It’s an unusual opportunity for a business but a fresh market operated by middle school students is gaining in local popularity as well as encouraging entrepreneurship among kids.
The Fairfield Fresh Market is likely the only farm stand in the area operated by students. Every Wednesday, from 4 to 6 pm through the summer, the Fairfield Middle School students will harvest, display and sell the fruits and vegetables at the school
The tables were filled with baskets of chard, rhubarb, peas, cucumber, kale, cilantro, basil, dill, carrots and radishes picked just hours before from the garden in the back of the school.
A $1,000 grant from Virginia Commonwealth University paid for the tents, tables, signs, scales and registers at the market. Proceeds will be funneled back into garden supplies.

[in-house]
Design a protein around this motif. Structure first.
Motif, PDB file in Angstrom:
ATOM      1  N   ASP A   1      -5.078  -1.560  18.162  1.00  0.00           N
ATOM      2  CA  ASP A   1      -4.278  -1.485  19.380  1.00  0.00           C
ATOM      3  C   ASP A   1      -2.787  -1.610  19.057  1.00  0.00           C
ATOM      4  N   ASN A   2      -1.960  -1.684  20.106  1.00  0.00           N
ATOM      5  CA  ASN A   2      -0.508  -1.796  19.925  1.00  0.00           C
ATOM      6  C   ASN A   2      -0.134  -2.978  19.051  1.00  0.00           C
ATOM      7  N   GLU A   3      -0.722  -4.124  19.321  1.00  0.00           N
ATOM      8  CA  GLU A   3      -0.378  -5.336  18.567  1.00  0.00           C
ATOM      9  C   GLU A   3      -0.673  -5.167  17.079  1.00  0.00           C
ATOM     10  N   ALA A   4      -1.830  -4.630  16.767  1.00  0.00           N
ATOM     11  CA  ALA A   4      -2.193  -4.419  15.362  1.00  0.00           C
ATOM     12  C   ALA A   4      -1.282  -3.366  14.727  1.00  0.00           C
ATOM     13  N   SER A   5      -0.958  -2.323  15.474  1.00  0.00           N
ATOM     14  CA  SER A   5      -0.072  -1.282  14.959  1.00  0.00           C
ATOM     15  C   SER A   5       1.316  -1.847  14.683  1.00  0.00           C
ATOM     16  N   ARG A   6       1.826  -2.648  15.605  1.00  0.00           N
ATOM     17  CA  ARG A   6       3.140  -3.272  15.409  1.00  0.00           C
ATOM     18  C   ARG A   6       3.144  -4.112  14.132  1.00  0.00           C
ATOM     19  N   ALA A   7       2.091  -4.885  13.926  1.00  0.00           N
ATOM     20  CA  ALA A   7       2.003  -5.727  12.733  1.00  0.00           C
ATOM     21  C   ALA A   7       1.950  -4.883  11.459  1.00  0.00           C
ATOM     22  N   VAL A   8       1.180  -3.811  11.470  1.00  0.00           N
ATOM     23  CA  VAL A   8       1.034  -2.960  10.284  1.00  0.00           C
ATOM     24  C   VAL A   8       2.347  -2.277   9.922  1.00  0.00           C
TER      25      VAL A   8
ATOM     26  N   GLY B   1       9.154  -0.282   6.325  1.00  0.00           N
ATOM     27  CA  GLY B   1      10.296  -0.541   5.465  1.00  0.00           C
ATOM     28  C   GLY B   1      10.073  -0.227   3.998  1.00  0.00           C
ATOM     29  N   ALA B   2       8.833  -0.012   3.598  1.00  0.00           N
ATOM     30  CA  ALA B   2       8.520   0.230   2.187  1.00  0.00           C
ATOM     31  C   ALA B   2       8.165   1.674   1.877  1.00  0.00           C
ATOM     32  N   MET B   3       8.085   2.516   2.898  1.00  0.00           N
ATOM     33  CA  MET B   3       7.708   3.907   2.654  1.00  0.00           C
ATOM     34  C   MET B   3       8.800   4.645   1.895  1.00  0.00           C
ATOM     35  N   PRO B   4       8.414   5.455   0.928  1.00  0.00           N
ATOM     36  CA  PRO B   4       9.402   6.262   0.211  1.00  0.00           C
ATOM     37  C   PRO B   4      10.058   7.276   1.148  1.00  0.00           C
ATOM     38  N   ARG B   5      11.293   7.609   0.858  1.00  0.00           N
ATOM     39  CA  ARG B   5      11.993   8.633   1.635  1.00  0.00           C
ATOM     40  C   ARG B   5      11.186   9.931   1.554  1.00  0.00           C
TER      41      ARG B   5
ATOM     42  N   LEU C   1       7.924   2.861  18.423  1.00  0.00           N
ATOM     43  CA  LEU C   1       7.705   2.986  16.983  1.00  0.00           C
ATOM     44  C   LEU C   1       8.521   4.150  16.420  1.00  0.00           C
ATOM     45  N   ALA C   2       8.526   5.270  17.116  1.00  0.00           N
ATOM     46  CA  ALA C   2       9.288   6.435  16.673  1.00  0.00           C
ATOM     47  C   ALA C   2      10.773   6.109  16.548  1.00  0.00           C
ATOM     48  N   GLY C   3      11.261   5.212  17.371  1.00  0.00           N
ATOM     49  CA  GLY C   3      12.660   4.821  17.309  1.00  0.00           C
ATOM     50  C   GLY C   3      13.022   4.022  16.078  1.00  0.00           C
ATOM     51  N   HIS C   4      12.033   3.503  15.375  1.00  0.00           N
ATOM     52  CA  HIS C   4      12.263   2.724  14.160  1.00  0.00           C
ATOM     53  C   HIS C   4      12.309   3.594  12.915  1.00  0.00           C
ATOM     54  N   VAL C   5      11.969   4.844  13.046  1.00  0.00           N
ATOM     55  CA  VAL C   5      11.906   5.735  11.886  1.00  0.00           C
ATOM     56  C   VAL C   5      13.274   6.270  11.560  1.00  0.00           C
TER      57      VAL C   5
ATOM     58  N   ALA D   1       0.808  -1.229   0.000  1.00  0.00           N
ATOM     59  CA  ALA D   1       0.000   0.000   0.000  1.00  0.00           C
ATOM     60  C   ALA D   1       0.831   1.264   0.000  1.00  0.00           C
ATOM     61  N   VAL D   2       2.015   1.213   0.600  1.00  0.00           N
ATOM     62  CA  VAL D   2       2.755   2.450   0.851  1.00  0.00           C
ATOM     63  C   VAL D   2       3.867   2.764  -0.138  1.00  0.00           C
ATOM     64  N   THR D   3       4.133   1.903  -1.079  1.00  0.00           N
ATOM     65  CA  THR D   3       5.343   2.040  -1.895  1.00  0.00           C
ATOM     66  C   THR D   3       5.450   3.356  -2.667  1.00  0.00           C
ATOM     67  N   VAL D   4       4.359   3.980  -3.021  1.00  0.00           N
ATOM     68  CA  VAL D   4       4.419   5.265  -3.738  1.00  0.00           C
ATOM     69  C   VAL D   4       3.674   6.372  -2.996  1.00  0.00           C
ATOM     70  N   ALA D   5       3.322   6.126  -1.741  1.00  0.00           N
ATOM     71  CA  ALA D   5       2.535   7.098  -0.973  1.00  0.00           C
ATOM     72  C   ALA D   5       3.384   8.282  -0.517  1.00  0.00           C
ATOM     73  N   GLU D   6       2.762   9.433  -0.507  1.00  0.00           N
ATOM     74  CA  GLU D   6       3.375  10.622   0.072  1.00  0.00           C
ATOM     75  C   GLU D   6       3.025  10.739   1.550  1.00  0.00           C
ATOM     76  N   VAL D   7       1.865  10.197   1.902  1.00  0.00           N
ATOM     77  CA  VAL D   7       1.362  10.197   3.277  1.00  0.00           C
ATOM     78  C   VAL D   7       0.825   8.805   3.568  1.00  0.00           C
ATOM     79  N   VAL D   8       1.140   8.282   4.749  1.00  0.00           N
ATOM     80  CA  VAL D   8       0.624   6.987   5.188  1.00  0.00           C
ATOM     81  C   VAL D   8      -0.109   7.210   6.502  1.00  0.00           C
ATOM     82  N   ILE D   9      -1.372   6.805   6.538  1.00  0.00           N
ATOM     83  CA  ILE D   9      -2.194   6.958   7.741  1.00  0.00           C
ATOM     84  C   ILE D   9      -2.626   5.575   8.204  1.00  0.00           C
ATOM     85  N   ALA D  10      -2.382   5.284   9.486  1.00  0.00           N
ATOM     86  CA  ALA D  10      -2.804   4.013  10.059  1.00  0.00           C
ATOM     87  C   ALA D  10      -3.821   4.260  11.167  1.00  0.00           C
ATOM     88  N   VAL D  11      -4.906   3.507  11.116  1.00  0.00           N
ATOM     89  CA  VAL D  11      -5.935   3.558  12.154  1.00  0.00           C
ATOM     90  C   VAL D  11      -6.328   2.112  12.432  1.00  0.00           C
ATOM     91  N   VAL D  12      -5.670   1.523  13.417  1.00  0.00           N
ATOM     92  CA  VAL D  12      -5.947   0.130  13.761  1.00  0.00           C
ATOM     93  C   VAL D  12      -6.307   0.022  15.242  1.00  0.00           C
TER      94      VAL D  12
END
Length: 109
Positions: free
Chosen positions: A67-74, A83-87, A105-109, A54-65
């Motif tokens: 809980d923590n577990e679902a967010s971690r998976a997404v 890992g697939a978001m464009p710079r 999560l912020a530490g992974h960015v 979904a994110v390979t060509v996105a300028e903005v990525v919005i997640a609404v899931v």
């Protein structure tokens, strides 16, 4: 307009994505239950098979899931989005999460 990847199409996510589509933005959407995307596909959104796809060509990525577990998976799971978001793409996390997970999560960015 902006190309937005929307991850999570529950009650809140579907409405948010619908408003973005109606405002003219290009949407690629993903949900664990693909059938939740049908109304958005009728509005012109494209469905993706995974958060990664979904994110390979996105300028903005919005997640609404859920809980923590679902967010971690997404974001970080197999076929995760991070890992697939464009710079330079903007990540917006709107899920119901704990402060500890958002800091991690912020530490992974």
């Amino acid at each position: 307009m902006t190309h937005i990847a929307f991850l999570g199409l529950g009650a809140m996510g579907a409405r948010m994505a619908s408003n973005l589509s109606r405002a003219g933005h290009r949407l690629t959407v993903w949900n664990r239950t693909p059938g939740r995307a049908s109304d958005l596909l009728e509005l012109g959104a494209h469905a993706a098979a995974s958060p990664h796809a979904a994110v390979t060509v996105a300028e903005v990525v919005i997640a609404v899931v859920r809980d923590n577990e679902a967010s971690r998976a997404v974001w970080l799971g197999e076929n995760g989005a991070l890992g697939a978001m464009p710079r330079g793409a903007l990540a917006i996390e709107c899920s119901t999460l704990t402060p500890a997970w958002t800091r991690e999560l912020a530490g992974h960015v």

Brenda Chambers came to the summer kickoff market Wednesday after getting an email from the school. Her daughter had just graduated from the school’s International Baccalaureate program.
Another parent of a former student pulled up in a car she was test driving to inform the group she’d be back to buy some vegetables.
Karyn Edward-Hills, a science teacher at Fairfield, stopped by the stand on her way to the school parking lot, praising the students for seizing the opportunity to learn skills beyond the obvious lessons in earth science.
“It’s fun that all grade levels are doing it,” she said. “The kids are really excited about it and are becoming very resourceful…and it’s filling a need in the community.”
The Fairfield Middle School East End Community Garden opened last March as a learning mechanism for the students and another avenue for residents to access fresh produce.
About 60 students tend the garden the rest of the year through the Do Something Club, a chapter of the national organization that mobilizes students toward social change.